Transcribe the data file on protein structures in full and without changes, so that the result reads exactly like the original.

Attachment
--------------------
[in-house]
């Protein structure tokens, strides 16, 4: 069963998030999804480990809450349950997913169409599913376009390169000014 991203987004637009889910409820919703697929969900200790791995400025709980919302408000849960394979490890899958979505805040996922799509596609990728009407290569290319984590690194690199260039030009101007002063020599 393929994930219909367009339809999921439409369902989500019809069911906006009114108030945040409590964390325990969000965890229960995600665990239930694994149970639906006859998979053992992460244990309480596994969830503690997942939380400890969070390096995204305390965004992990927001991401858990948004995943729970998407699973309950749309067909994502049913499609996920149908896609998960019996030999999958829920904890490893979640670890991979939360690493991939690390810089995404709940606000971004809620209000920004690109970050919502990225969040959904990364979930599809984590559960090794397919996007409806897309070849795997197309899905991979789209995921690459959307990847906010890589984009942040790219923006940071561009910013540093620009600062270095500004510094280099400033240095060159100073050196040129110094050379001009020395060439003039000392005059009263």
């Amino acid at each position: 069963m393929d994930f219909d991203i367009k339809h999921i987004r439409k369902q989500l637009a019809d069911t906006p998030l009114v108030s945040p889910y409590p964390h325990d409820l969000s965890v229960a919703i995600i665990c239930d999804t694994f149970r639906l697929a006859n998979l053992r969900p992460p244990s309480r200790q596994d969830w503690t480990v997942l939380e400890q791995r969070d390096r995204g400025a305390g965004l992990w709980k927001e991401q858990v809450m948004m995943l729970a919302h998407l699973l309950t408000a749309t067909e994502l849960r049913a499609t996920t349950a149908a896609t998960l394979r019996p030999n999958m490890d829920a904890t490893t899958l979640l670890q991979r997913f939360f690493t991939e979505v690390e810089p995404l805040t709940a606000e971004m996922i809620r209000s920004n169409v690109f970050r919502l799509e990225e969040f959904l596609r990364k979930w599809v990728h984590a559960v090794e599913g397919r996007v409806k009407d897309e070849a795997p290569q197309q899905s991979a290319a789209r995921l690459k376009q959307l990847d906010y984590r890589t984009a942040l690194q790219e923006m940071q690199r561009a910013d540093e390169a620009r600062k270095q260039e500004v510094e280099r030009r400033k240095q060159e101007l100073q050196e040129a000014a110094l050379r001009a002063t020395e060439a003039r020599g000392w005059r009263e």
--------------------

[in-house]
């Protein structure tokens, strides 16, 4: 069963998030999804480990809450349950997913169409599913376009390169000014 991203987004637009889910409820919703697929969900200790791995400025709980919302408000849960394979490890899958979505805040996922799509596609990728009407290569290319984590690194690199260039030009101007002063020599 393929994930219909367009339809999921439409369902989500019809069911906006009114108030945040409590964390325990969000965890229960995600665990239930694994149970639906006859998979053992992460244990309480596994969830503690997942939380400890969070390096995204305390965004992990927001991401858990948004995943729970998407699973309950749309067909994502049913499609996920149908896609998960019996030999999958829920904890490893979640670890991979939360690493991939690390810089995404709940606000971004809620209000920004690109970050919502990225969040959904990364979930599809984590559960090794397919996007409806897309070849795997197309899905991979789209995921690459959307990847906010890589984009942040790219923006940071561009910013540093620009600062270095500004510094280099400033240095060159100073050196040129110094050379001009020395060439003039000392005059009263």
């Amino acid at each position: 069963m393929d994930f219909d991203i367009k339809h999921i987004r439409k369902q989500l637009a019809d069911t906006p998030l009114v108030s945040p889910y409590p964390h325990d409820l969000s965890v229960a919703i995600i665990c239930d999804t694994f149970r639906l697929a006859n998979l053992r969900p992460p244990s309480r200790q596994d969830w503690t480990v997942l939380e400890q791995r969070d390096r995204g400025a305390g965004l992990w709980k927001e991401q858990v809450m948004m995943l729970a919302h998407l699973l309950t408000a749309t067909e994502l849960r049913a499609t996920t349950a149908a896609t998960l394979r019996p030999n999958m490890d829920a904890t490893t899958l979640l670890q991979r997913f939360f690493t991939e979505v690390e810089p995404l805040t709940a606000e971004m996922i809620r209000s920004n169409v690109f970050r919502l799509e990225e969040f959904l596609r990364k979930w599809v990728h984590a559960v090794e599913g397919r996007v409806k009407d897309e070849a795997p290569q197309q899905s991979a290319a789209r995921l690459k376009q959307l990847d906010y984590r890589t984009a942040l690194q790219e923006m940071q690199r561009a910013d540093e390169a620009r600062k270095q260039e500004v510094e280099r030009r400033k240095q060159e101007l100073q050196e040129a000014a110094l050379r001009a002063t020395e060439a003039r020599g000392w005059r009263e």